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CLA response to Social Investment Consultation

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The Charity Law Association ("the CLA") has provided its response to the Law Commission's Consultation Paper on Social Investment by Charities.

The Law Commission is conducting a review of selected issues in charity law. The first issue that the Law Commission is considering is social investment by charities. The consultation paper which the Law Commission published in April considers the current law and the difficulties that charities face under the current law when making social investments. Many charity trustees can and do make social investments without having any concerns about the scope of their powers and duties. However some charity trustees are not confident about making social investments because they are unsure whether their powers under the charity's governing document or under the general law authorises such investments. In addition to this, some charity trustees consider that in making social investments they may feel that they risk breaching their duties. The consultation paper proposes the introduction of a new statutory power to make social investments.

The Working Party from the CLA is of the view that the current law governing social investment by charities is not fit for purpose and there is a pressing need for legislative reform in this area. The Working Party agreed with the Law Commission that there is a lack of clarity in the law as to whether charities have the power to make social investments. Social investment is generally considered to be within the power to invest. The Working Party however, concluded that it was difficult to fit social investment within the legal framework for ordinary investment which stems largely from the fact that the case law with respect to trustee investment duties relates in the main to private trusts and pension funds.

The Working Party also agreed that the issue of private benefit will need to be considered in the context of the creation of a new power to make social investments. The Working Party believes that clarification is necessary as to (1) whether the treatment of private benefit is different for purely charitable activities, financial investments and social investment and (2) the level of private benefit which is acceptable in relation to social investment.

The Charity Commission guidance on the investment powers and duties of charities and charity trustees (known as CC14) has been largely welcomed by the Charity Sector for its constructive approach to social investment and attempt to provide clarity. However, the Working Party believed that the CC14 in itself has not been able to provide a level of comfort and security which many trustees desire when considering social investment. The Working Party also concluded that any review of social investment and/or a discussion around the definition of social investment should also be considered in conjunction with HMRC in order to avoid a divergence of views and confusion on the subject.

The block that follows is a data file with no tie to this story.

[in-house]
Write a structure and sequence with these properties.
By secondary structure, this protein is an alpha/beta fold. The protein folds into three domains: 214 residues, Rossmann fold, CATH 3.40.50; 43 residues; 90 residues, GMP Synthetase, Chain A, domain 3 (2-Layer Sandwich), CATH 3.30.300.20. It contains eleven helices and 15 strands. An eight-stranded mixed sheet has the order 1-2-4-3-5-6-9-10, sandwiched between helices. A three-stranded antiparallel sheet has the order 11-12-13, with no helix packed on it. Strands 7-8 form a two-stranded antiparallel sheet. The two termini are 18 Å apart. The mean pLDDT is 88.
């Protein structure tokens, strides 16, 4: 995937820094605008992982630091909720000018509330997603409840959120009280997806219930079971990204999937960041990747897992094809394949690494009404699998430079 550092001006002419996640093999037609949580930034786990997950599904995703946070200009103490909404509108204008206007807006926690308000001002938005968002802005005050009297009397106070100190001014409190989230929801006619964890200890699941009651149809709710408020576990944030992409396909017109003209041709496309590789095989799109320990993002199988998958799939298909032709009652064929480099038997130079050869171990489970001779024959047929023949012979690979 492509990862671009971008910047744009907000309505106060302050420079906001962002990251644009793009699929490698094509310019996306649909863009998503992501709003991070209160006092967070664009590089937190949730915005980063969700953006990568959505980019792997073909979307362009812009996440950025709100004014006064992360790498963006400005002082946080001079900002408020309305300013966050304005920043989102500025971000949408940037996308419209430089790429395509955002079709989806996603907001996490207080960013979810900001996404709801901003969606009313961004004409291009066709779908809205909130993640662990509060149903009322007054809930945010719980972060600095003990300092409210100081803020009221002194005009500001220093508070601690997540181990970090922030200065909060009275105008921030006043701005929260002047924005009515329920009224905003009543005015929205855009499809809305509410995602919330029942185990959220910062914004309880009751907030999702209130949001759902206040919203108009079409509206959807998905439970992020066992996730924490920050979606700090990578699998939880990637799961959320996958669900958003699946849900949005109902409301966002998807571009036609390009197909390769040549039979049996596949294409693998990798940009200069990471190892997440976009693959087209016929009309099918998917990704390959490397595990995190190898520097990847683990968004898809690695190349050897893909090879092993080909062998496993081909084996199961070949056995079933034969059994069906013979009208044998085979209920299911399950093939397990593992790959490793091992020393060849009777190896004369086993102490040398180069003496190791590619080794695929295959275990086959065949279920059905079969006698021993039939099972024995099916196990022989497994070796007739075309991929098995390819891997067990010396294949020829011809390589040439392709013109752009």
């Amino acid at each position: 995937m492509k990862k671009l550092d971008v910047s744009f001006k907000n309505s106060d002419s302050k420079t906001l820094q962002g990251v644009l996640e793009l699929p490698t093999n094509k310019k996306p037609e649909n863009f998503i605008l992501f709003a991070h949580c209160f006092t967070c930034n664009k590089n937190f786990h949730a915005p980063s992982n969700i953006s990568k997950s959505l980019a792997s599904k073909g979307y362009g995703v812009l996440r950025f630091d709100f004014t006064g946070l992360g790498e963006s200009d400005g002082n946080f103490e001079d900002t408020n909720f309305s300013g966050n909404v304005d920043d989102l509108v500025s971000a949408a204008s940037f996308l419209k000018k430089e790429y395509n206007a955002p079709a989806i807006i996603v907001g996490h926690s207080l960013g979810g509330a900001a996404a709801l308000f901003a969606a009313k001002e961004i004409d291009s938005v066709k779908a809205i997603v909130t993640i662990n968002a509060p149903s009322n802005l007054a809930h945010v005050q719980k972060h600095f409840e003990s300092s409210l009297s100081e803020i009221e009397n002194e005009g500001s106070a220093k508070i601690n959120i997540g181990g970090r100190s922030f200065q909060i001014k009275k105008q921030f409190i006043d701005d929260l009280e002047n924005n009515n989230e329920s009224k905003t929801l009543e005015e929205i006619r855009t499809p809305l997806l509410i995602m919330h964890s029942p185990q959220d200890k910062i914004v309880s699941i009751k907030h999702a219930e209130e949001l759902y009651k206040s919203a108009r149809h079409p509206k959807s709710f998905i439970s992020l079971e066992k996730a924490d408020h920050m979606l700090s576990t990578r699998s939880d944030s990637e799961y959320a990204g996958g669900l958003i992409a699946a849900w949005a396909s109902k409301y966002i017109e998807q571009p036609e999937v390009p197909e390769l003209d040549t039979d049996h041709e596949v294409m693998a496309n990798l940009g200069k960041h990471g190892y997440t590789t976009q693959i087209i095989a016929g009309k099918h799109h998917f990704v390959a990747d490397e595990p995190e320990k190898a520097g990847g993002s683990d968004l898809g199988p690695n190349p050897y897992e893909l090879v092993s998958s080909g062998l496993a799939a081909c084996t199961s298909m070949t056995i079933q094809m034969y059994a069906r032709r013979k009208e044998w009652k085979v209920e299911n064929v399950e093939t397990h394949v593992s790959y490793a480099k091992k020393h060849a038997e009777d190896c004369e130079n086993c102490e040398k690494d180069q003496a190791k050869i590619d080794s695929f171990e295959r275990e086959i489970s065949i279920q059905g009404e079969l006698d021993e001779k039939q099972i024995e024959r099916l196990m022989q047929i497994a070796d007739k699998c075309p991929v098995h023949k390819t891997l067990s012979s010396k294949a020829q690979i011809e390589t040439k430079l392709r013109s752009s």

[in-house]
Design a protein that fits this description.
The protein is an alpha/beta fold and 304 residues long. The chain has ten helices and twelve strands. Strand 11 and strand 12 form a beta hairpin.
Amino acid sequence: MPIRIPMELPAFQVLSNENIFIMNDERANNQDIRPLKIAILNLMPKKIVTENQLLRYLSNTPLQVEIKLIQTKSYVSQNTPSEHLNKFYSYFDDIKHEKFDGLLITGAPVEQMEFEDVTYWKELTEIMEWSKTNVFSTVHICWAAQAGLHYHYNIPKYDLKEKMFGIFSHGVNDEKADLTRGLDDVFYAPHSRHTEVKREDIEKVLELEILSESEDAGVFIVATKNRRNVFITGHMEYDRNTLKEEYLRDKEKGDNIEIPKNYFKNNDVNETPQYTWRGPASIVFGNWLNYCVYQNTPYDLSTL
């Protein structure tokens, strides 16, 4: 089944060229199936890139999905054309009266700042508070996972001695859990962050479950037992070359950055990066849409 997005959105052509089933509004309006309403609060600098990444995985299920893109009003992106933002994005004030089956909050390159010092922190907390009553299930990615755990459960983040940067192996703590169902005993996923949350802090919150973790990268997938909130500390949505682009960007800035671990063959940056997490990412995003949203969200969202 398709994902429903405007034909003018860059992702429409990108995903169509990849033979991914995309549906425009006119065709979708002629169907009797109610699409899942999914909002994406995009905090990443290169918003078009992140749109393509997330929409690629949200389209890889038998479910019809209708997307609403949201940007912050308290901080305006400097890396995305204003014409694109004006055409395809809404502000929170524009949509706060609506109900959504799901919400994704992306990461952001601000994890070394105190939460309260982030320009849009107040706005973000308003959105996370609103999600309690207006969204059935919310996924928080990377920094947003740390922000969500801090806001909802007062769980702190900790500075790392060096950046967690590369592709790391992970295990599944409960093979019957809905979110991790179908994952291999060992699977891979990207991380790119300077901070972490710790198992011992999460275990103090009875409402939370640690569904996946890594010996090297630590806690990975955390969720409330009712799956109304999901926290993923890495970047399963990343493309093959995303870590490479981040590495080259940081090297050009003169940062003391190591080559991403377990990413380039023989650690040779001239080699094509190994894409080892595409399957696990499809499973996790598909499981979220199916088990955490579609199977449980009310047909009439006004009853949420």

All members of the Working Party agreed that a new power should be created, as general powers to invest or sweep up powers are not sufficient and when a social investment is made, trustees tend to cobble together the powers available in the circumstances, through usually a combination of investment power, the power to make grants and then reliance on the Charity Commission's guidance to "bless" the proposed steps. In conclusion, it would be preferable for there to be an express power to make social investment which would need to be sufficiently clear to distinguish it from existing powers.

The CLA also agreed that the new power should apply unless it has been expressly excluded or modified by the charity's governing document. In relation to whether the new statutory power should be accompanied by a non-exhaustive list of factors, the Working Party could see that a non-exhaustive list of factors for the trustees to consider when making social investments might be helpful. However the idea of a non-exhaustive list of factors that charity trustees may take into account being mandatory i.e. enshrined in statute, divided members of the Working Party. The prominent view of the Working Party was that any checklist in a statute should be kept as short as possible and ideally be phrased in a way that it is very clear that it is intended to be non-binding and non-exhaustive.

The Working Party was also of the view that it would be important to exclude the requirement to observe the standard investment criteria under the Trustee Act 2000 when trustees of charitable trusts are considering whether or not to make a social investment. The reasoning that the Working Party gave was that this would impose cumbersome impractical requirements not designed for social investments and would be illogical particularly when compared to the broad discretion conferred on trustees to carry out their primary purposes for example making grants.

The consultation period closed on 18 June and the Law Commission will analyse the responses and review in discussion with the Government, how to take this aspect of the Charity Law Project forward.

We will keep you updated in due course of updates in relation to social investment.

This article is for general guidance only. It provides useful information in a concise form. Action should not be taken without obtaining specific legal advice.

This article is for general guidance only. It provides useful information in a concise form. Action should not be taken without obtaining specific legal advice.
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